Within three months of the first lymph nodes popping, I actually went to an ENT, because I felt something in my throat, something catching, and I kept clearing my throat and coughing and wondering, “I don’t know what’s going on, but there’s something going on.” The doctor looks down my throat and says, “Oh my gosh, your tonsils are huge!” And I knew that was a problem, because my tonsils were removed when I was a kid. So, within two days, I had ultrasound, biopsies, scans, CTs. A month into this, I had my bone marrow biopsy, I had been given a diagnosis of lymphoma, and it did take 30 days thereafter to get the specific diagnosis of mantle cell.

When I got that diagnosis, boy, that’s a tough one to hear. You’re 49 years old by two weeks, and you’re told the average person survives five years. And my kids are early 20s, and I had just gotten married the year before, so I was pretty devastated. My doctor, fortunately, was an incredible man and a remarkable physician in that he told me, “We can only give you standard of care here.” I didn’t know what that meant, but standard of care just simply means that is the standard no matter where you go. It’s kind of like the bar, it is what it is, it’s just nothing great. It’s just what we do anywhere you go.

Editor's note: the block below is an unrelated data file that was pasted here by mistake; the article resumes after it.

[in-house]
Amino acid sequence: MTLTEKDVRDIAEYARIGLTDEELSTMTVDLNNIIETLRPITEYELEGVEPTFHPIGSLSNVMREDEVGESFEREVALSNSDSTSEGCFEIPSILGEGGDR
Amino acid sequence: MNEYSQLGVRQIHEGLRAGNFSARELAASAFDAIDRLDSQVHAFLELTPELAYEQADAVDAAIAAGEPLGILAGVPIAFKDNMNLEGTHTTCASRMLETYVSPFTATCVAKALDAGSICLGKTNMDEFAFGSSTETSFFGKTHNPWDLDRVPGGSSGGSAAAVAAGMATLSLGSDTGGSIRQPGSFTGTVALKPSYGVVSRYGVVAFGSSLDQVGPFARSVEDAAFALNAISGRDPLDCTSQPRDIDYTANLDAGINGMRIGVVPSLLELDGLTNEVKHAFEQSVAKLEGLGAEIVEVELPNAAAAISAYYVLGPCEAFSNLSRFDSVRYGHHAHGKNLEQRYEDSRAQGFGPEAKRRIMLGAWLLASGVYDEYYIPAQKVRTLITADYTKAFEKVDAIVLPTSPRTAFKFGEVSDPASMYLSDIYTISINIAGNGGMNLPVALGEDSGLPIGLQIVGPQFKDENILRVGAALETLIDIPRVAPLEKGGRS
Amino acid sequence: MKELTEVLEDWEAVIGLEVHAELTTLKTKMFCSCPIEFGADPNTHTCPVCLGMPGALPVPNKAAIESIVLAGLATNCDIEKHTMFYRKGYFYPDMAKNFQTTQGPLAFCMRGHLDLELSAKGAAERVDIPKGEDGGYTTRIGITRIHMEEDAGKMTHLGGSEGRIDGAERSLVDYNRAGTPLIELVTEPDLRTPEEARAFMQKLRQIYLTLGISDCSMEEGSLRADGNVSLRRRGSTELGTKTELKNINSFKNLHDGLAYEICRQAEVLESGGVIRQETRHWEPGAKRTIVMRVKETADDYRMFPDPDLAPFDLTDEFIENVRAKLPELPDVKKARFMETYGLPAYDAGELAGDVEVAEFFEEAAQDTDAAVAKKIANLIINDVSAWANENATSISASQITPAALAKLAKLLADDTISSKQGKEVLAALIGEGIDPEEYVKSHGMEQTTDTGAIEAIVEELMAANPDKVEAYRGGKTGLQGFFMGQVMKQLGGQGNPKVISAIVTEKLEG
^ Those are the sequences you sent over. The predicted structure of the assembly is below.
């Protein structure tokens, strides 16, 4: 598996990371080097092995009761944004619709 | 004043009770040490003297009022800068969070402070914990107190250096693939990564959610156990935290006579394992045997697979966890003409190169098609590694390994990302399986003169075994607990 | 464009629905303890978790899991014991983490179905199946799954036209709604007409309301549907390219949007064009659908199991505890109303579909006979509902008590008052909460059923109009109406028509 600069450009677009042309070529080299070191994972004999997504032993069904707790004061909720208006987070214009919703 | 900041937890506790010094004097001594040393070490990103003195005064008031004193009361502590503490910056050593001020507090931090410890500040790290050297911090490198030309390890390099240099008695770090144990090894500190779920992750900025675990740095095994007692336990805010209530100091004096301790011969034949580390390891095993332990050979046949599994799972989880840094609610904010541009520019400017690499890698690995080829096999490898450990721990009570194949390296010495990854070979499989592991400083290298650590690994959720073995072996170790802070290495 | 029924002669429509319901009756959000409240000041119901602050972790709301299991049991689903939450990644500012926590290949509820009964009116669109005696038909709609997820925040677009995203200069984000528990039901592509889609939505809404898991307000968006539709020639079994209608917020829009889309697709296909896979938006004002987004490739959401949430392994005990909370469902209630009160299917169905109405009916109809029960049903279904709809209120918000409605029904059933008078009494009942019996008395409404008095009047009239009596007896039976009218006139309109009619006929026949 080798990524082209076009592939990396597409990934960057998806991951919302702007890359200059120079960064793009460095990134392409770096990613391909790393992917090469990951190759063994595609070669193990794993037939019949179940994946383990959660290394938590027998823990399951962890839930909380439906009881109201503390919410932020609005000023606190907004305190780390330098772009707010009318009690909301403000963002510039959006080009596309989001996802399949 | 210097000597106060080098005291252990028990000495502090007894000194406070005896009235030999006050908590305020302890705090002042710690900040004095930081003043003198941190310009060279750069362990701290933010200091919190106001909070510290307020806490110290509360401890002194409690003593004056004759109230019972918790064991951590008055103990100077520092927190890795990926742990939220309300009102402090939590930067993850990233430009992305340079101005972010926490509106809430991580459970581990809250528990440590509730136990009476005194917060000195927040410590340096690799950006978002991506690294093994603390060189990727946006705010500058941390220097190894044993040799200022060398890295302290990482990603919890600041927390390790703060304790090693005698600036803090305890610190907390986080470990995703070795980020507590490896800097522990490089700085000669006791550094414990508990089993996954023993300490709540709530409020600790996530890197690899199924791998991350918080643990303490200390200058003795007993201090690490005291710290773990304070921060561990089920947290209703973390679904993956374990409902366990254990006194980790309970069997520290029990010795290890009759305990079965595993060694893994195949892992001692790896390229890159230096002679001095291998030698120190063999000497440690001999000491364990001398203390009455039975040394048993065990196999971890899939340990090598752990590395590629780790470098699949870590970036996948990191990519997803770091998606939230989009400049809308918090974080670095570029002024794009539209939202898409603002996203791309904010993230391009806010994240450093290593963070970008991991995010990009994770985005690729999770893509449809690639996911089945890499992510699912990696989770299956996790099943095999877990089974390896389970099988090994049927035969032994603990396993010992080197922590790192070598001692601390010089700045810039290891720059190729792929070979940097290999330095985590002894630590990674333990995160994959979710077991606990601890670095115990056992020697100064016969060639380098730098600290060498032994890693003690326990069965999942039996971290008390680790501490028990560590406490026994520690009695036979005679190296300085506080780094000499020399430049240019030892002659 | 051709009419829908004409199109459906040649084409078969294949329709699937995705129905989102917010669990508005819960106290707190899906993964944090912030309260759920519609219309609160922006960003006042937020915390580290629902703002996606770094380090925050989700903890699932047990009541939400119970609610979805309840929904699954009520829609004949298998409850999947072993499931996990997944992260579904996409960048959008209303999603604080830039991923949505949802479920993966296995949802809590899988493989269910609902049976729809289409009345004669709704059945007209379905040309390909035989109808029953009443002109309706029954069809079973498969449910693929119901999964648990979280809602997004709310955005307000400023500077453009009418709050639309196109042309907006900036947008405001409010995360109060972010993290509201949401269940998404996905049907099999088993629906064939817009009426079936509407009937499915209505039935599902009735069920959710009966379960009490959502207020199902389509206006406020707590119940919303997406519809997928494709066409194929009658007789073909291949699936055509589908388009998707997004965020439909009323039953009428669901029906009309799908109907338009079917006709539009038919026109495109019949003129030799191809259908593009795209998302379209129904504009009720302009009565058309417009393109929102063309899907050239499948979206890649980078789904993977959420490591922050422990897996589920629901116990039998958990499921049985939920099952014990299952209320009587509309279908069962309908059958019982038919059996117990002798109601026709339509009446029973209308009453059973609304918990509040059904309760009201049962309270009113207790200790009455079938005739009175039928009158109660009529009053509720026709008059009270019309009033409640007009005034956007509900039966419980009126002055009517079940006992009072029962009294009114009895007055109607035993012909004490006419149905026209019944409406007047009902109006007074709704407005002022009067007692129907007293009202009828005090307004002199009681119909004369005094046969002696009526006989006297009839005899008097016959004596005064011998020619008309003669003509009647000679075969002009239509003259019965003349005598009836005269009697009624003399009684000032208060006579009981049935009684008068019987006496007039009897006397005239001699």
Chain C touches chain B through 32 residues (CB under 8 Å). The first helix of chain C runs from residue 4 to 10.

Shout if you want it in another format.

He told me, “You’re too young, you’ll need to go elsewhere.” I don’t know many physicians that will turn away a patient and he did. He encouraged me and with his encouragement and help, I found a clinical trial at MD Anderson in Houston, Texas. I commuted 1,800 miles one way. I did that on a weekly basis. Sometimes it would stretch to bi-monthly. I did it for eight months, did a clinical trial, and then I came back home to Idaho, where I was living, and did my in-patient chemotherapy. My chemotherapy was a week at a time. I would check in on a Monday, check out on a Friday or a Saturday, and having different chemicals dripped the whole time.

When I finished that first full year of all of that treatment, I did two years of maintenance, and I am just finished with my maintenance. So, now I’m watch and wait.

Suzanne Mooney:      

Had you looked into other facilities besides MD Anderson or why MD Anderson over one of the other top cancer centers? 

Lynda Wolters:          

I did, I actually did. I looked at Stanford, I looked at the Huntsman in Utah, because that was very close to me, and I looked at Seattle Cancer Center in Seattle. What I found though was, for the most part, these places were following the protocol of MD Anderson. When I looked deeper, I learned that the leading mantle cell provider is in Houston. There are two or three very, very pinnacle providers in regard to mantle cell lymphoma. This particular one just happened to suit my needs, was the closest, and got me in within two weeks.

Suzanne Mooney:      

You’re living in Idaho; you’re commuting to MD Anderson. What was that like? Was the clinic trial what you expected it to be? What was that experience like? 

Lynda Wolters: